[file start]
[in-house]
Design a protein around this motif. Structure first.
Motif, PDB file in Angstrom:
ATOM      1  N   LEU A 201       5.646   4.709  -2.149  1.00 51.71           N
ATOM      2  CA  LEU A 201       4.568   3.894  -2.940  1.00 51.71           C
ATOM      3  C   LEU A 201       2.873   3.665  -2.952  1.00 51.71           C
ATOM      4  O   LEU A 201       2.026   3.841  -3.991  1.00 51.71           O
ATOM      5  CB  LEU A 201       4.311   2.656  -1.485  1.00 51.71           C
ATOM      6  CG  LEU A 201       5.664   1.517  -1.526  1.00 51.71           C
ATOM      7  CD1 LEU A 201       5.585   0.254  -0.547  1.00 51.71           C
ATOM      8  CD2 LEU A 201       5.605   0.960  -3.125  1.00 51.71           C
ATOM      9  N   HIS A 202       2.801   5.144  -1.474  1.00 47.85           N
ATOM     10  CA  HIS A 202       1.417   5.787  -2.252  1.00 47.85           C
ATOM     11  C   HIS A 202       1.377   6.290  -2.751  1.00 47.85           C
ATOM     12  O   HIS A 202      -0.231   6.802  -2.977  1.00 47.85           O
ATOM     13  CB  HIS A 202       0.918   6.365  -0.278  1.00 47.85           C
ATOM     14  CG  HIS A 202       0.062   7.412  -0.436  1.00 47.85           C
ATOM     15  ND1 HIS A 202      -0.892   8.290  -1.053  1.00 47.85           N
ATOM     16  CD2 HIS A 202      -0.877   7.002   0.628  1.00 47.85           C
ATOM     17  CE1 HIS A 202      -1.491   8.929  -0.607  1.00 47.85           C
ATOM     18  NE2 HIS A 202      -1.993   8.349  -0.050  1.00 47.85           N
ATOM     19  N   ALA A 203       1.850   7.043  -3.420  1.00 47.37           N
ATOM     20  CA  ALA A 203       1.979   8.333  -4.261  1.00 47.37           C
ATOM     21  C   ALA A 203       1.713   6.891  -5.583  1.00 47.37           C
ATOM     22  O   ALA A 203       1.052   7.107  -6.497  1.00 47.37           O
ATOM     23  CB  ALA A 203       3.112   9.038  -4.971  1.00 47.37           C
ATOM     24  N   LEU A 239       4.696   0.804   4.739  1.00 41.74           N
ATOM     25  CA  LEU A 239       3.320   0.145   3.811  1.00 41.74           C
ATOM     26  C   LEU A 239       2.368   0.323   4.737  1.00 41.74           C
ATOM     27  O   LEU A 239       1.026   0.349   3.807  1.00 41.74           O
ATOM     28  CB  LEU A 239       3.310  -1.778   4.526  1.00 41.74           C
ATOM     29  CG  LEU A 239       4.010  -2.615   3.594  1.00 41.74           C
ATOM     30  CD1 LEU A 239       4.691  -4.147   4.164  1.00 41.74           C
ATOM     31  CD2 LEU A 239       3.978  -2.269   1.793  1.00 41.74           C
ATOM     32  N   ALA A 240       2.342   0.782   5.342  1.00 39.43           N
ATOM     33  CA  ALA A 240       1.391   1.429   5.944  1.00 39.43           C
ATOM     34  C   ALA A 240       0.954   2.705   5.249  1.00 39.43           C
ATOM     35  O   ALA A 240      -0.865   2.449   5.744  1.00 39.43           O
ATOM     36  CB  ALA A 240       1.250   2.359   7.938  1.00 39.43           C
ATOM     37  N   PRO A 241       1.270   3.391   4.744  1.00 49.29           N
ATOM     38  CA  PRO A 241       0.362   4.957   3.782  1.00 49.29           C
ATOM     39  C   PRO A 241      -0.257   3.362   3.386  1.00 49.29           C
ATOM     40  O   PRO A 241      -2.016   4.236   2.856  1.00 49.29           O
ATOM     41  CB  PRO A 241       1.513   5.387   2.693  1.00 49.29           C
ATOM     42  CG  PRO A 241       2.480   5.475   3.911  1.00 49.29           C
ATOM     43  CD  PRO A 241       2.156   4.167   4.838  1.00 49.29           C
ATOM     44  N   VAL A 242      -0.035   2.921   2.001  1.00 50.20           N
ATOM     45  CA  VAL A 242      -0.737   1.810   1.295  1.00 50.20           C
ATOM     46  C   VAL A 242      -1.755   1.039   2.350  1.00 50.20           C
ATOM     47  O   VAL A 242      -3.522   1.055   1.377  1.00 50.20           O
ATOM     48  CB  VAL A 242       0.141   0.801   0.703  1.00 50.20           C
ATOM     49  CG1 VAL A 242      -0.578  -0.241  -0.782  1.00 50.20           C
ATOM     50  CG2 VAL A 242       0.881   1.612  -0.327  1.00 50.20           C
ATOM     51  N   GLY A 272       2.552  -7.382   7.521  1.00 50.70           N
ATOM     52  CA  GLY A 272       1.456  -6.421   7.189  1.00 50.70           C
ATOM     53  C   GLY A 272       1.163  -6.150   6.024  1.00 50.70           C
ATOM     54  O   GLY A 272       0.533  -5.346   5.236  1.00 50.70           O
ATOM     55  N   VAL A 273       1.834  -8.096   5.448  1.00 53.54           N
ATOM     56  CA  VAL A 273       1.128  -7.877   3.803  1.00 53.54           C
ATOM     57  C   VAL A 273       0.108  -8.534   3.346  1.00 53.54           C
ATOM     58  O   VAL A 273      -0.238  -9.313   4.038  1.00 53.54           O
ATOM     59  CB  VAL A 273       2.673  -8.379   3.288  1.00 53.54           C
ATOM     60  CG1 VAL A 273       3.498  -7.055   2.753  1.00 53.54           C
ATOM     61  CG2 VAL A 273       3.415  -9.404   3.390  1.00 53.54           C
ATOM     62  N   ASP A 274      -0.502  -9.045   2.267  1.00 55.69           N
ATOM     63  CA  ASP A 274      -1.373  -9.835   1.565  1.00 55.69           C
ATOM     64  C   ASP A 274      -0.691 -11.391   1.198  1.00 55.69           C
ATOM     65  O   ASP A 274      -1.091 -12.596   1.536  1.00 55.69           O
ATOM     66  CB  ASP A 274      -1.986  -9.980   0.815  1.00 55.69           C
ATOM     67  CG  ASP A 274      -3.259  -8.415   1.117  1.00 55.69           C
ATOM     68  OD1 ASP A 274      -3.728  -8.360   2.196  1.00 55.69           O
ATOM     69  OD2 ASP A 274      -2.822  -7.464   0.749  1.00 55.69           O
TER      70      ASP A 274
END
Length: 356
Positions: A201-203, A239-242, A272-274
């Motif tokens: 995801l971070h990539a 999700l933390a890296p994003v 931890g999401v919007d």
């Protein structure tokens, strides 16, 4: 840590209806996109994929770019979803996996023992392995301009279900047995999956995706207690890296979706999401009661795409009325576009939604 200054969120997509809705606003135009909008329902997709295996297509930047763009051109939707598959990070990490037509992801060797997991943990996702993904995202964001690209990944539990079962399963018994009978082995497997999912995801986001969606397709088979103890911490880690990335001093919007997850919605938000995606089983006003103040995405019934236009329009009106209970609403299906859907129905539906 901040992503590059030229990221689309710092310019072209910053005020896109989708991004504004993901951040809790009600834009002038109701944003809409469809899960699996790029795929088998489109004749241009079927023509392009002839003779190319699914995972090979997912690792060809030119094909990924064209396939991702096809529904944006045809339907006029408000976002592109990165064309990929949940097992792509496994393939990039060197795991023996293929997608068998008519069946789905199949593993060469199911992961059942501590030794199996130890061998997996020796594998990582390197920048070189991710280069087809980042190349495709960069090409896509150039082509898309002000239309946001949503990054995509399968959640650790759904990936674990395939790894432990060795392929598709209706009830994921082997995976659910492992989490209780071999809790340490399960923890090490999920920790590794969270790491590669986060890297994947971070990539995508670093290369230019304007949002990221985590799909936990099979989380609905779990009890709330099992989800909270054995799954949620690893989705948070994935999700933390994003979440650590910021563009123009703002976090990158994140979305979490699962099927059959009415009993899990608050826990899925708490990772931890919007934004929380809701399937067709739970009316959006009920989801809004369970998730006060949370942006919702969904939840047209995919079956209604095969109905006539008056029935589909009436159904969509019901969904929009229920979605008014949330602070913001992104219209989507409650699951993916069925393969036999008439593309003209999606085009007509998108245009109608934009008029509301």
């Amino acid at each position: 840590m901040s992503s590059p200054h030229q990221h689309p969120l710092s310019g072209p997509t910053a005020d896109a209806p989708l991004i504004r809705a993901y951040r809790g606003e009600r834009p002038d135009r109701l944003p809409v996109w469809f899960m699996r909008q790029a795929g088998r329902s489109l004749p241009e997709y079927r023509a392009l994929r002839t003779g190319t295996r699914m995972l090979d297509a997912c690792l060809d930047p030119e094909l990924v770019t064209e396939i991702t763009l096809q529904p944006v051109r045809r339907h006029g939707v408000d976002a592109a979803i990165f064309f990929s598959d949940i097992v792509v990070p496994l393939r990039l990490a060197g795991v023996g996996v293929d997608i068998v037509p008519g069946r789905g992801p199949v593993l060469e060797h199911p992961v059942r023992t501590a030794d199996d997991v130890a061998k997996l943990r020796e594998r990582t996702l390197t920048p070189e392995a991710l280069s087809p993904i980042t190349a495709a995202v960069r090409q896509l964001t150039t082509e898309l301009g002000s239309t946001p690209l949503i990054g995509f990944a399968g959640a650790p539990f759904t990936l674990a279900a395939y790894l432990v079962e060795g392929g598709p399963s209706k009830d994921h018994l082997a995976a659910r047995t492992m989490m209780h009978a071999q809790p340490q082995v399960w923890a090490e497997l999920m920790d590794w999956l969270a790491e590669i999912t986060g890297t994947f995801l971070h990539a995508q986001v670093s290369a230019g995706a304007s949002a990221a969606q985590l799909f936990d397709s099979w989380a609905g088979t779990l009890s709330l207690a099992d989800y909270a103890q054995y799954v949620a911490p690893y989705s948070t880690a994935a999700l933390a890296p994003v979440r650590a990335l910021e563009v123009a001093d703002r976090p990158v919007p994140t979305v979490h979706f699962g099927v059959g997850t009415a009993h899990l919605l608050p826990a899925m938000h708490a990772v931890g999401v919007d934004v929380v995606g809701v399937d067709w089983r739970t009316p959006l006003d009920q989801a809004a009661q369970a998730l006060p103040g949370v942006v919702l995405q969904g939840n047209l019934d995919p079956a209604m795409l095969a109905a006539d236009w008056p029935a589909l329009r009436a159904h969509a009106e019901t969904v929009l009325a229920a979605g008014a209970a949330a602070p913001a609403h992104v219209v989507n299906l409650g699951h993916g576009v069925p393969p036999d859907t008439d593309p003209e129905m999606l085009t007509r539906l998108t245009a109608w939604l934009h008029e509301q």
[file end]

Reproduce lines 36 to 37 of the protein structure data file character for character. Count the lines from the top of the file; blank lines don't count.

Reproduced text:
ATOM     33  CA  ALA A 240       1.391   1.429   5.944  1.00 39.43           C
ATOM     34  C   ALA A 240       0.954   2.705   5.249  1.00 39.43           C